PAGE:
The Best Makeup Brush Is a Cheap, Rubbery Disc

By
The MakeupDrop.

What is a man if he is not interfering in the life of a woman? Well in this case, he’d be a man without a makeup company. That’s the abbreviated story of The MakeupDrop — a single-product beauty brand that was launched when one of its chief architects sought to upgrade his girlfriend’s makeup sponge. Already the founder of a watch company that incorporated silicone into the bands, Jay Hartington (along with co-founder Drew Deters) used the same silicone to create a poreless, easy-to-clean, water-drop-shaped makeup sponge.

The concept arrives when implant-shaped makeup sponges are hitting their stride in Asia. The MakeupDrop appears to be the first U.S.-based company to introduce the reinvented tool stateside. So what are the perks? There are a few. Unlike porous sponges, The MakeupDrop is made entirely of silicone, which means liquid and cream products won’t absorb into the tool. This guarantees that you’ll waste less makeup than you would with a traditional sponge or brush. Another perk is that it’s easy to clean — just rinse, wipe, and you’re done. How easy.

But what kind of goof buys a tool simply because it’s easy to clean? You want it to work, which fortunately for The MakeupDrop, is something it does quite well despite a few learning curves to overcome. To use, simply apply a liquid or cream product to your face or directly on the sponge. Tap The MakeupDrop repeatedly to blend the formula onto your skin and that’s it. The pointed tip can navigate the small corners near your eyes and nose, and the fat rounded edge can cover everything else.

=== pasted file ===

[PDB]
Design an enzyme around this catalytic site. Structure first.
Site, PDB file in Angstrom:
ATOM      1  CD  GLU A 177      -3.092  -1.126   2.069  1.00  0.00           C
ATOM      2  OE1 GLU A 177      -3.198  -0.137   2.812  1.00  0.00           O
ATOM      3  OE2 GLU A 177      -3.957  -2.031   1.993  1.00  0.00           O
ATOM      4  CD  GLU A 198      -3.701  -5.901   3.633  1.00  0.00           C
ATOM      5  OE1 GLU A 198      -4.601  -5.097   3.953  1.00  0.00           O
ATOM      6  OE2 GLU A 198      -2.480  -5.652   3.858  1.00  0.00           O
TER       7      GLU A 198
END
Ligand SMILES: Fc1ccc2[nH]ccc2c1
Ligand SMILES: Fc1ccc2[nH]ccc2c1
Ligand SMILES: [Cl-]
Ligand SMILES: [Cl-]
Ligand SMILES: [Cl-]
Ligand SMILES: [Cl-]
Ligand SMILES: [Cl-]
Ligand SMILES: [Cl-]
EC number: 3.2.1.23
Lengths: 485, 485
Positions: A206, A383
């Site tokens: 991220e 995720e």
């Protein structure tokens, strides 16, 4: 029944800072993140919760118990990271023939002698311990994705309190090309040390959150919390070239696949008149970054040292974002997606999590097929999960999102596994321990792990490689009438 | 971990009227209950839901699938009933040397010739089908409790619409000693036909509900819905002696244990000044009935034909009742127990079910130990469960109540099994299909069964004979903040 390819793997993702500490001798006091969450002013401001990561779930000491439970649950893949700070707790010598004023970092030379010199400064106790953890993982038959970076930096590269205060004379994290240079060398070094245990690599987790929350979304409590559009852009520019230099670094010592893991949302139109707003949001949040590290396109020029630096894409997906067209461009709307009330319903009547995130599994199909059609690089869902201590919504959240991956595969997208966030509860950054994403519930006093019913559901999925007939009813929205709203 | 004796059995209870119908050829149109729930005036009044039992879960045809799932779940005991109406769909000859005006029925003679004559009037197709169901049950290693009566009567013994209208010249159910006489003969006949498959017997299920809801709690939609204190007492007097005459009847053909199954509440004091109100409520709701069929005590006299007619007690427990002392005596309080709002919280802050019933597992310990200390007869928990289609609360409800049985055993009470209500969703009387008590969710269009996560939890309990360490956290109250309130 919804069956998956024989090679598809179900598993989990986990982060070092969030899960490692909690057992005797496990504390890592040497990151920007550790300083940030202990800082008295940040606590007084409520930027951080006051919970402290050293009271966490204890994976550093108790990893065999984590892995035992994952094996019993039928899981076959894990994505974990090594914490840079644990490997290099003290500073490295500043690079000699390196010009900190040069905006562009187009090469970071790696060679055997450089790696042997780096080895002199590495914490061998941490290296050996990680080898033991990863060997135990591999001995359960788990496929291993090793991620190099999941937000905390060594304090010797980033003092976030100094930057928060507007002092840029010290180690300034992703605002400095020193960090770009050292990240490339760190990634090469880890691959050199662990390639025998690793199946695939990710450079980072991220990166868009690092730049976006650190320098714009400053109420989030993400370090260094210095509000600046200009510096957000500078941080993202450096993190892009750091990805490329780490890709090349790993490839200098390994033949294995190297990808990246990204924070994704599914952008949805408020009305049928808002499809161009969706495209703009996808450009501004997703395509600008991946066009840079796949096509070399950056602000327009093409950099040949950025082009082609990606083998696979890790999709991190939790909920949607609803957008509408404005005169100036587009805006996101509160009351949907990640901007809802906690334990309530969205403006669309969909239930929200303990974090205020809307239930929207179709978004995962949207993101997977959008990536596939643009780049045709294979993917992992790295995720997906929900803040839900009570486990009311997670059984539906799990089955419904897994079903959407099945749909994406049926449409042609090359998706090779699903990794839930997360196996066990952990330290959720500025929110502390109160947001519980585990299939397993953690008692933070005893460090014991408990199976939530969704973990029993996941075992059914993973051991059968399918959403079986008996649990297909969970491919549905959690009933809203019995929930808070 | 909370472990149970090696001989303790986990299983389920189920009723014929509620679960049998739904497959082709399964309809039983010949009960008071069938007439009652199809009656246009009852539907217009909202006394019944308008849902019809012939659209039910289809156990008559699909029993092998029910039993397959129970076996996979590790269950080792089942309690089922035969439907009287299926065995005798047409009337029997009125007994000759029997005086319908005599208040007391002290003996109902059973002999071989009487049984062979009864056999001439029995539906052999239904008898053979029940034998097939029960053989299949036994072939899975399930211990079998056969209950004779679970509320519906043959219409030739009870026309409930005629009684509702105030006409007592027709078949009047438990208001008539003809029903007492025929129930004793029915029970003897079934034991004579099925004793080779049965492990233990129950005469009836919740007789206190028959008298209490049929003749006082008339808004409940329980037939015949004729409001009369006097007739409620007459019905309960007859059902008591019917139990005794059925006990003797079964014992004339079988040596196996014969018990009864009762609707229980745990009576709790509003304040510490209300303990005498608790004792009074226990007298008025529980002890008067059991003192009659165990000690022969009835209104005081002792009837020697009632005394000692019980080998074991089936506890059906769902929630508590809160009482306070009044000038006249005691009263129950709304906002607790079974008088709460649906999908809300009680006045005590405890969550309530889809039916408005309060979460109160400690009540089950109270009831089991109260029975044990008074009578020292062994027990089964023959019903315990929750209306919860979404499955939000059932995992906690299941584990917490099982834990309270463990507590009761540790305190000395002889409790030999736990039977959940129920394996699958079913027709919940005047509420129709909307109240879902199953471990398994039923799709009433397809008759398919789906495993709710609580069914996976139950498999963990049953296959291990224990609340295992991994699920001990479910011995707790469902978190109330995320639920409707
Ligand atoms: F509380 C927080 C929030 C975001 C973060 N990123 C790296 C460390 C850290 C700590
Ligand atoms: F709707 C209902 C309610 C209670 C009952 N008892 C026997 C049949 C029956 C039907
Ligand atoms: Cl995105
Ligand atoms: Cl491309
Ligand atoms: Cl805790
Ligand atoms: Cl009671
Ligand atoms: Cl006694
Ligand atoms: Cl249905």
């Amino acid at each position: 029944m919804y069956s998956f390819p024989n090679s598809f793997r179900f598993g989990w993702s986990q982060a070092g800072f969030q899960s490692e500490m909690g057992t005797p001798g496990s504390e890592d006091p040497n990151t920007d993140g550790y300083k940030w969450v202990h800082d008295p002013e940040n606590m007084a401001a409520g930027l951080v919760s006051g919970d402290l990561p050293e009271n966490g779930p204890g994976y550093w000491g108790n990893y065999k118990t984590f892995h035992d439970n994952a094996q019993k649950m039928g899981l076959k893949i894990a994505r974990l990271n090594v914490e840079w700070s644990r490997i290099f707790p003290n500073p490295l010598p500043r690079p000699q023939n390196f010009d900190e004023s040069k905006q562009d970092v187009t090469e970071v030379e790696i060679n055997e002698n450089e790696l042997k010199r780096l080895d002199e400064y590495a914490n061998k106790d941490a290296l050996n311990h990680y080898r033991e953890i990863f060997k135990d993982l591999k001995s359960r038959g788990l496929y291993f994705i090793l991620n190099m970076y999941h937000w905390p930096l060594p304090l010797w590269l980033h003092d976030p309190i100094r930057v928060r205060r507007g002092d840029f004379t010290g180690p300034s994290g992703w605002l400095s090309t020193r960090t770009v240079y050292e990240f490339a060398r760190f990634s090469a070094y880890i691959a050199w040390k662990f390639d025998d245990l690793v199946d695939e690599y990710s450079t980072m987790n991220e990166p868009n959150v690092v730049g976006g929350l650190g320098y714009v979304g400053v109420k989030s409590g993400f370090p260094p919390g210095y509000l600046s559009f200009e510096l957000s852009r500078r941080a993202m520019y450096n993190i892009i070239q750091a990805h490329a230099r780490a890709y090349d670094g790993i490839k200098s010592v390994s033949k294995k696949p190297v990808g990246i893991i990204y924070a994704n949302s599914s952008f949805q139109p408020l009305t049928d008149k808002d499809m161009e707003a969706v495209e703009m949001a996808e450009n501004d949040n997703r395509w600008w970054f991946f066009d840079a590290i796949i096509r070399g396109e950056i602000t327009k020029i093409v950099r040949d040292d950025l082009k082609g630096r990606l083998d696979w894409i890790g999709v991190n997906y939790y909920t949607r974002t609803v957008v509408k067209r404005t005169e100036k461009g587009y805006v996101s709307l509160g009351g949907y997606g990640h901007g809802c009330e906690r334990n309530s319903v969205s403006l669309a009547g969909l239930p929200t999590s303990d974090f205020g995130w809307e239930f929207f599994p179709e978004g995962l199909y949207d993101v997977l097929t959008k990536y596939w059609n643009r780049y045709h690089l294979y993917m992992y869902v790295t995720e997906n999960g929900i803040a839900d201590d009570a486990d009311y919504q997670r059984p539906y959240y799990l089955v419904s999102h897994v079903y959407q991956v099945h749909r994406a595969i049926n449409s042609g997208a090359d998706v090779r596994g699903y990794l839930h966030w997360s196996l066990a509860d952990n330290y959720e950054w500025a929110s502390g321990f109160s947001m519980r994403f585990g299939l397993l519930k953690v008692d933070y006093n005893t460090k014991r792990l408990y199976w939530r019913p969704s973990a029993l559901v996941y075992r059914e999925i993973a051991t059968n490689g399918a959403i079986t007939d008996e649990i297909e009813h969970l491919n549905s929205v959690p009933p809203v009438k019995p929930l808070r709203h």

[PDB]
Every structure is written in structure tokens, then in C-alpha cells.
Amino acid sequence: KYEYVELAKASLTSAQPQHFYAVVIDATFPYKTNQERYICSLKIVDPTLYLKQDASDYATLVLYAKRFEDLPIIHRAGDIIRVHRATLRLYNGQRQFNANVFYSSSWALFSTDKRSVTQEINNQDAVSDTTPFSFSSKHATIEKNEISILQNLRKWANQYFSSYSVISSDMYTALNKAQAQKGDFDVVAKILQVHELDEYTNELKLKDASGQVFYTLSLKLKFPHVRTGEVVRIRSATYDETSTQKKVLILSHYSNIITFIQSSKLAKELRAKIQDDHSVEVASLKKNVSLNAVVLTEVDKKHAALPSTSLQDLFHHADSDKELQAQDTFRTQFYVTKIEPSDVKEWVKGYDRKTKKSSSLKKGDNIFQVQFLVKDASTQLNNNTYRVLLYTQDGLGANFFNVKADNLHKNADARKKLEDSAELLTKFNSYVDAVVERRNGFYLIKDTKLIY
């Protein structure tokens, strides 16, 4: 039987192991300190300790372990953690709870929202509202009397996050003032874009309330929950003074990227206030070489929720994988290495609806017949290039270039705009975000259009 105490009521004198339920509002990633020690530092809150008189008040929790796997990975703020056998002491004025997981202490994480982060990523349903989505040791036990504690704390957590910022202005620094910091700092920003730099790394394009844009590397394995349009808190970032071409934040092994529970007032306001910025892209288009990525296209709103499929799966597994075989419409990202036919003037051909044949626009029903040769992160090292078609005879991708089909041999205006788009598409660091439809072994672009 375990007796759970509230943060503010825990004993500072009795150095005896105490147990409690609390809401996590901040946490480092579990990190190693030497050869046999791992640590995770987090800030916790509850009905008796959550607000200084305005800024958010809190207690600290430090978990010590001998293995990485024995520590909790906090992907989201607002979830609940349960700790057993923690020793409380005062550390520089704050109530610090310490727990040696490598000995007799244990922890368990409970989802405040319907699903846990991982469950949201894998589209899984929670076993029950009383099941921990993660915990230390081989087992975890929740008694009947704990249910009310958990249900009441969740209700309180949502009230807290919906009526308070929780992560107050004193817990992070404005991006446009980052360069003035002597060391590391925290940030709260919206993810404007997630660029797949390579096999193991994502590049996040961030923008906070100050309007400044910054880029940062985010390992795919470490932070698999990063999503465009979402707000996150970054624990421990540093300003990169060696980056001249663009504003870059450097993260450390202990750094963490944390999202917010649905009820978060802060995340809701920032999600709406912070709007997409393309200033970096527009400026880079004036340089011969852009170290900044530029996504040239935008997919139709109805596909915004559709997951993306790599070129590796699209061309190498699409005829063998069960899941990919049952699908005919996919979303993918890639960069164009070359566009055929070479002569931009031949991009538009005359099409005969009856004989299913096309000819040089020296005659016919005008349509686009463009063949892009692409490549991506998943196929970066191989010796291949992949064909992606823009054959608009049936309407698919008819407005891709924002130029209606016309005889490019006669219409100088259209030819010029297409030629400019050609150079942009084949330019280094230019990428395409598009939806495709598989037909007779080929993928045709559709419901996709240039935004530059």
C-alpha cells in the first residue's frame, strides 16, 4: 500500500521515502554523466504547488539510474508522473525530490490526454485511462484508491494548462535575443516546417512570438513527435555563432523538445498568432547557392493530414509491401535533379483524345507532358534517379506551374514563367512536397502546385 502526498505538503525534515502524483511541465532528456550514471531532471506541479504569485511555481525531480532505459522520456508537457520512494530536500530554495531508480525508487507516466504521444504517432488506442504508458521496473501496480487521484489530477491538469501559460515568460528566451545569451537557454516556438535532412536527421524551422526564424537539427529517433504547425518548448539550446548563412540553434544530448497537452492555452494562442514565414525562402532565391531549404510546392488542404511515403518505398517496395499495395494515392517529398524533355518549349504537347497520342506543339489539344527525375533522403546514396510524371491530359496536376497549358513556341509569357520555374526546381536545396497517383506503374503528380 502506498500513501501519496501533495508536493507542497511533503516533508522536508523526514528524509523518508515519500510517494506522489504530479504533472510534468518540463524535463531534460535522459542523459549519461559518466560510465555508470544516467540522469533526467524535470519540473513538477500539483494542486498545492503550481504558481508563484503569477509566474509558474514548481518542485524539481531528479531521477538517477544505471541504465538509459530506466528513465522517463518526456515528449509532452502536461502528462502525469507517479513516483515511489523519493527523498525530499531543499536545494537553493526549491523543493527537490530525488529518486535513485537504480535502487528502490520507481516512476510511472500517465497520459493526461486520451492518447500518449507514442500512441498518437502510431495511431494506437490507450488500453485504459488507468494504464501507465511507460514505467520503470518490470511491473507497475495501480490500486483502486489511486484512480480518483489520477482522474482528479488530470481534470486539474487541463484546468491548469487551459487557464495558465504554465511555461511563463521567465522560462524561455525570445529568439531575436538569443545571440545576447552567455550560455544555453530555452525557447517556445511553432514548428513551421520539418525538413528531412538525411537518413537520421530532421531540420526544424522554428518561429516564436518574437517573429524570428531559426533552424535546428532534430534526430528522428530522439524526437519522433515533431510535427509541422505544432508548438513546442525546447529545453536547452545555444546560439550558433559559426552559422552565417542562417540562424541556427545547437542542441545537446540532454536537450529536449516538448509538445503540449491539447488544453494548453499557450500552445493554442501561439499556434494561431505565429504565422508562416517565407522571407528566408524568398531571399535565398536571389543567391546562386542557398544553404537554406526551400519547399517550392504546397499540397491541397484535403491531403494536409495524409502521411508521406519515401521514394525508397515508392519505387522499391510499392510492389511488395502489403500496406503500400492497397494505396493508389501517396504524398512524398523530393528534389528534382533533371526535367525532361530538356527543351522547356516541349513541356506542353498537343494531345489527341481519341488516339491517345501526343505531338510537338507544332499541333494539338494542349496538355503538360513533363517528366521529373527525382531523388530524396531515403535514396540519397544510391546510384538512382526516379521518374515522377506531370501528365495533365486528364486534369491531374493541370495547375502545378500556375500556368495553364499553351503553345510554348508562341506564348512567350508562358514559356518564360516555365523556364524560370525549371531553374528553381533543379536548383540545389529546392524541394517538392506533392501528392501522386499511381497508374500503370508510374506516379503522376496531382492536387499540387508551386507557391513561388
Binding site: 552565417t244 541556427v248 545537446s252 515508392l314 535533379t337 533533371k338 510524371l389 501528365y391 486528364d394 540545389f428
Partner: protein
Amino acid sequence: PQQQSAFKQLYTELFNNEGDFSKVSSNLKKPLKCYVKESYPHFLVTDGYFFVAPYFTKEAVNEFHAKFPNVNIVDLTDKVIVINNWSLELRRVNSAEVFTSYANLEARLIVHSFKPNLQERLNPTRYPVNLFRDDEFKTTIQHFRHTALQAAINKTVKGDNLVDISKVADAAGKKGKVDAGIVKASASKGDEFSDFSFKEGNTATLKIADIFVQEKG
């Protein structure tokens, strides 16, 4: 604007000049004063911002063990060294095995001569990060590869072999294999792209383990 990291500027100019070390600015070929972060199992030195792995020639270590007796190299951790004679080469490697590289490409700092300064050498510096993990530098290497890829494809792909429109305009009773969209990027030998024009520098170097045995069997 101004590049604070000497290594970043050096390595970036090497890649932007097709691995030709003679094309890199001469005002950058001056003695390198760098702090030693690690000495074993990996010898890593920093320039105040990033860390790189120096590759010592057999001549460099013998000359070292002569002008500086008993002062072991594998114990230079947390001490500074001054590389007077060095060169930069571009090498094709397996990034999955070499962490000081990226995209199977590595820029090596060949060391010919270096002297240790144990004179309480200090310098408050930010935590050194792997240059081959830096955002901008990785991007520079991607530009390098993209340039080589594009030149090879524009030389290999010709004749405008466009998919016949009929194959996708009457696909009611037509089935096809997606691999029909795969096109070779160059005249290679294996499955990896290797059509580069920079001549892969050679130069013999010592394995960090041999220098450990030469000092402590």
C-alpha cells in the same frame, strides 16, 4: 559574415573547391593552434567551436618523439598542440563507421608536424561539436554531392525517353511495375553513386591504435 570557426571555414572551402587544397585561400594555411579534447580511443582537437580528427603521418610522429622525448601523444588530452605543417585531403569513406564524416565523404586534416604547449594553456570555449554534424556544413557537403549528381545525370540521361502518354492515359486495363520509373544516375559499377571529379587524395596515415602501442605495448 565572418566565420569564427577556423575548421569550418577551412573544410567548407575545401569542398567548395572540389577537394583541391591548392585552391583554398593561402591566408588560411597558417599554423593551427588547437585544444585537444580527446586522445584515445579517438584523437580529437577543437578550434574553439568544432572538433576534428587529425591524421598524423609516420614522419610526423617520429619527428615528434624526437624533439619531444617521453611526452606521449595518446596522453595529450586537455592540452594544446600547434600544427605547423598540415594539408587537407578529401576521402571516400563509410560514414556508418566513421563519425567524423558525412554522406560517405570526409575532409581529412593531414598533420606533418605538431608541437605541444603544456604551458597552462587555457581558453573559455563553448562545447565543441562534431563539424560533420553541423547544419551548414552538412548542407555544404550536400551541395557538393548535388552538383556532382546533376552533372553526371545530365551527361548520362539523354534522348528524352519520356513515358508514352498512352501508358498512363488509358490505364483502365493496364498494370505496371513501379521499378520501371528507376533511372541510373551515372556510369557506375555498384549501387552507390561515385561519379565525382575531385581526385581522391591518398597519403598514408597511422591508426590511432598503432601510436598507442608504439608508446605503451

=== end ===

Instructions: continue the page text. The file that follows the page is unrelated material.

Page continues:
But ah, there are the learning curves. Here’s the first: If too much foundation or blush is applied to your skin, the excess product will slosh all over your face and never fully absorb. You’ll look like you’re wearing too much makeup because you are. And another thing: You’ll need to tap The MakeupDrop quite a few more times than you would need to with a Beauty Blender for the product to blend seamlessly onto skin. This means that application time is slightly longer, but only by a minute or so.

When I met Drew Deters, he explained that The MakeupDrop can function as a moisturizer and eye-cream applicator as well (using the same tapping method). That’s nice, but it seems unnecessary. The MakeupDrop is excellent, more hygienic, and easier to clean than any other similar device on the market. For me, that’s good enough.

The MakeupDrop, $20 at themakeupdrop.com.

The Best Makeup Brush Is a Cheap, Rubbery Disc